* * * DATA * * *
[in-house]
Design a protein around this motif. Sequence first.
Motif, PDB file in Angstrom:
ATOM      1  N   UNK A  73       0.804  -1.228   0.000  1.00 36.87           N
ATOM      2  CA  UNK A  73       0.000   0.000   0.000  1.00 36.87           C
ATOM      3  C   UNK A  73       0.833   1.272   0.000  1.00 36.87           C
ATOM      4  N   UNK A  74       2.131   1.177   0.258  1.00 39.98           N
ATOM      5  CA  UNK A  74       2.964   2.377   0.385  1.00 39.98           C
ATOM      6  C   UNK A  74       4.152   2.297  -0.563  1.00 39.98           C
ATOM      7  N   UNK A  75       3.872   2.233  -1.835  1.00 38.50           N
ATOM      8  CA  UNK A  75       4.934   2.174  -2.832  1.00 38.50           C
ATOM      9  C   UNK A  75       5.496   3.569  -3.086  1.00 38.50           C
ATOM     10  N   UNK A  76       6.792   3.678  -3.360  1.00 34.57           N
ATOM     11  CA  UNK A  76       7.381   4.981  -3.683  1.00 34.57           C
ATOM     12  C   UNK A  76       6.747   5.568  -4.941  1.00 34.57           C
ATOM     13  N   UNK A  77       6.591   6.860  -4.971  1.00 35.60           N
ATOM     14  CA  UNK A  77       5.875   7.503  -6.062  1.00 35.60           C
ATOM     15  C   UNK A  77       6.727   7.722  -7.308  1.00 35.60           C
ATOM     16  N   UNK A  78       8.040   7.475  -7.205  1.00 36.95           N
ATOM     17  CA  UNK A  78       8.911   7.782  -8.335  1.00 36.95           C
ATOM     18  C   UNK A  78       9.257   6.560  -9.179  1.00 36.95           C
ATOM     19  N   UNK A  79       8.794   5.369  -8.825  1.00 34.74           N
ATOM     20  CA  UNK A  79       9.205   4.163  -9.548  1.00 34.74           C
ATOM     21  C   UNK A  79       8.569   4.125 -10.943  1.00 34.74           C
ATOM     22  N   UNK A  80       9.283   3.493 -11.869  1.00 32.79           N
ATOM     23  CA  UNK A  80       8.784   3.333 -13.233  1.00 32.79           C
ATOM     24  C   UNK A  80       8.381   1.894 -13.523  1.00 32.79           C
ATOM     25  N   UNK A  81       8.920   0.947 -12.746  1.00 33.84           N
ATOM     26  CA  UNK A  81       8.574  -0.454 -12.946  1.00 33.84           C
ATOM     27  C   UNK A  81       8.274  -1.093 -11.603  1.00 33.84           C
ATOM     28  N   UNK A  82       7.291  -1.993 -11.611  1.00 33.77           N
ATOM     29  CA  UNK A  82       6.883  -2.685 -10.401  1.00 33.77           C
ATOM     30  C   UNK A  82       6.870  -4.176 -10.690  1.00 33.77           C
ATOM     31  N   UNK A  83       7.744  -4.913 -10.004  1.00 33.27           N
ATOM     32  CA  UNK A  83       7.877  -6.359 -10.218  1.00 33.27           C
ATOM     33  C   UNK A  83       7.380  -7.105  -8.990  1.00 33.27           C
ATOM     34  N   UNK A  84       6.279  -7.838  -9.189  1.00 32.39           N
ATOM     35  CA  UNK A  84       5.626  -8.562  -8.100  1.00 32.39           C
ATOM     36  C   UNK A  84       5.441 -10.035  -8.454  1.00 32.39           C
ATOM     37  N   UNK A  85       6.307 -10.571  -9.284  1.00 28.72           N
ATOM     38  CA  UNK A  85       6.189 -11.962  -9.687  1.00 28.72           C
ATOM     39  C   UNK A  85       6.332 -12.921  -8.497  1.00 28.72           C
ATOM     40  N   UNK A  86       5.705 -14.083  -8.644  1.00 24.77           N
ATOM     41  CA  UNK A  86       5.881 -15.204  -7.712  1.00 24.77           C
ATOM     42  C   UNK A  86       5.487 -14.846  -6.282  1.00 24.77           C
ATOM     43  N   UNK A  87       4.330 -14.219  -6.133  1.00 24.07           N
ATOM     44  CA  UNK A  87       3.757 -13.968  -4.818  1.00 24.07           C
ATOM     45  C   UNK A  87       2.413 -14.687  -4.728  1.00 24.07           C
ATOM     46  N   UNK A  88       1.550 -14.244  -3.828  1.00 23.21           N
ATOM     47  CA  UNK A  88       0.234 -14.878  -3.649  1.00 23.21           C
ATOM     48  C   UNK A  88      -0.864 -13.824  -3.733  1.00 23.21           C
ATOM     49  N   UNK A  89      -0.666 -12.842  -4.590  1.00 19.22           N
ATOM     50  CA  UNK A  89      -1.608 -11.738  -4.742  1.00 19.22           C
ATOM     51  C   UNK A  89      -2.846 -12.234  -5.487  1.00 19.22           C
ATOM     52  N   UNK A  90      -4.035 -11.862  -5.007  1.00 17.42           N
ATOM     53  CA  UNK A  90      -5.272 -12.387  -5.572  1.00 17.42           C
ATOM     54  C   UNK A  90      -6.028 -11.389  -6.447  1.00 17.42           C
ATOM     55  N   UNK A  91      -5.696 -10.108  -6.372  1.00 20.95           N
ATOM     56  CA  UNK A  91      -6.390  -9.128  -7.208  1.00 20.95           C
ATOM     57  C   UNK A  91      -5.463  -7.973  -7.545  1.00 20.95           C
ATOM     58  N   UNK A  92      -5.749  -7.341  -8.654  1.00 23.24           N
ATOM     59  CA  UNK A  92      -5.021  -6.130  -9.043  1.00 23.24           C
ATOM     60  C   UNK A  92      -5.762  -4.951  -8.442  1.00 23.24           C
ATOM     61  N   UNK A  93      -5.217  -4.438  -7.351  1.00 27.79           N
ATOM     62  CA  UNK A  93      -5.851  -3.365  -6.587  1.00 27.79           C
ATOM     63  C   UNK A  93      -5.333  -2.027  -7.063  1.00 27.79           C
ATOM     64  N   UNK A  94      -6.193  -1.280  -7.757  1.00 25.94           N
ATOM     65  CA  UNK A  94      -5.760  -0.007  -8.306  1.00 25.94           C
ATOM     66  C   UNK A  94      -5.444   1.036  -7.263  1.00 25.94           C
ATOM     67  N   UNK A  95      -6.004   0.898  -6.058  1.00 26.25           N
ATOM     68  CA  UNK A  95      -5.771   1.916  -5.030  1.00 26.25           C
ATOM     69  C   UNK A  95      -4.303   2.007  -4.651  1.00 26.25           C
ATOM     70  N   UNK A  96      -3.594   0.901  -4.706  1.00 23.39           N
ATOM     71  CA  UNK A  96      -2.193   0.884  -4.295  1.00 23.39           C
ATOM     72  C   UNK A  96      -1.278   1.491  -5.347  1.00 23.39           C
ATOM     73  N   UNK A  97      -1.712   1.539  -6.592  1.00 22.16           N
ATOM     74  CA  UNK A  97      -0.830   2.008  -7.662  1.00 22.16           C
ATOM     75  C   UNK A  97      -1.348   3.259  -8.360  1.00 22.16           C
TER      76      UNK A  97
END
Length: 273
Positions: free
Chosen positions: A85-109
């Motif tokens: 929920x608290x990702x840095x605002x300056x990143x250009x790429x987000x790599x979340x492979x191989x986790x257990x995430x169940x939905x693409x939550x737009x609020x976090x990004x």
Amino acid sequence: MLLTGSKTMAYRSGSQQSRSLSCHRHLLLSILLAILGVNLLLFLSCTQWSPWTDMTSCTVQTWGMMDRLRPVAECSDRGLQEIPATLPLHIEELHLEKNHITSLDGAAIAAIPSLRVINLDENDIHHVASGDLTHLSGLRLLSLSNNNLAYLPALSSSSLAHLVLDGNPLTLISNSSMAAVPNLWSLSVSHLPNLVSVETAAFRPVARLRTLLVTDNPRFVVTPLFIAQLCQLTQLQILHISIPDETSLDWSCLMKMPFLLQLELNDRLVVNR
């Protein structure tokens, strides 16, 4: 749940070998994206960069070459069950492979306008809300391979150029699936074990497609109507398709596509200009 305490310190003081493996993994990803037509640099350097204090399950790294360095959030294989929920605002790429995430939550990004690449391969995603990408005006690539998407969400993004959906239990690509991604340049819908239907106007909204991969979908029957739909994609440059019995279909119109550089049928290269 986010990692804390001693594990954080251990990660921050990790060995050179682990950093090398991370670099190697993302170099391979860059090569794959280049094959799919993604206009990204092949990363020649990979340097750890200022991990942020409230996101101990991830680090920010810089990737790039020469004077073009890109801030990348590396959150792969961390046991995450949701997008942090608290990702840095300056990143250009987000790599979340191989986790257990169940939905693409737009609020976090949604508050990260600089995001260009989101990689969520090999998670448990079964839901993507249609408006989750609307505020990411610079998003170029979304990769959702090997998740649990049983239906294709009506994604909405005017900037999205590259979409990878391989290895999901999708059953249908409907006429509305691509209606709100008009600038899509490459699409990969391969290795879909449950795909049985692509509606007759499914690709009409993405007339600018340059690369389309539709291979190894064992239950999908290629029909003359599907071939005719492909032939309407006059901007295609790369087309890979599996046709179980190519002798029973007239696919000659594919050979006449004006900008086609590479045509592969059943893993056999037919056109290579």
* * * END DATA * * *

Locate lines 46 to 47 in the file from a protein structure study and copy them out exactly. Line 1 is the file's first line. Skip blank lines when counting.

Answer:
ATOM     43  N   UNK A  87       4.330 -14.219  -6.133  1.00 24.07           N
ATOM     44  CA  UNK A  87       3.757 -13.968  -4.818  1.00 24.07           C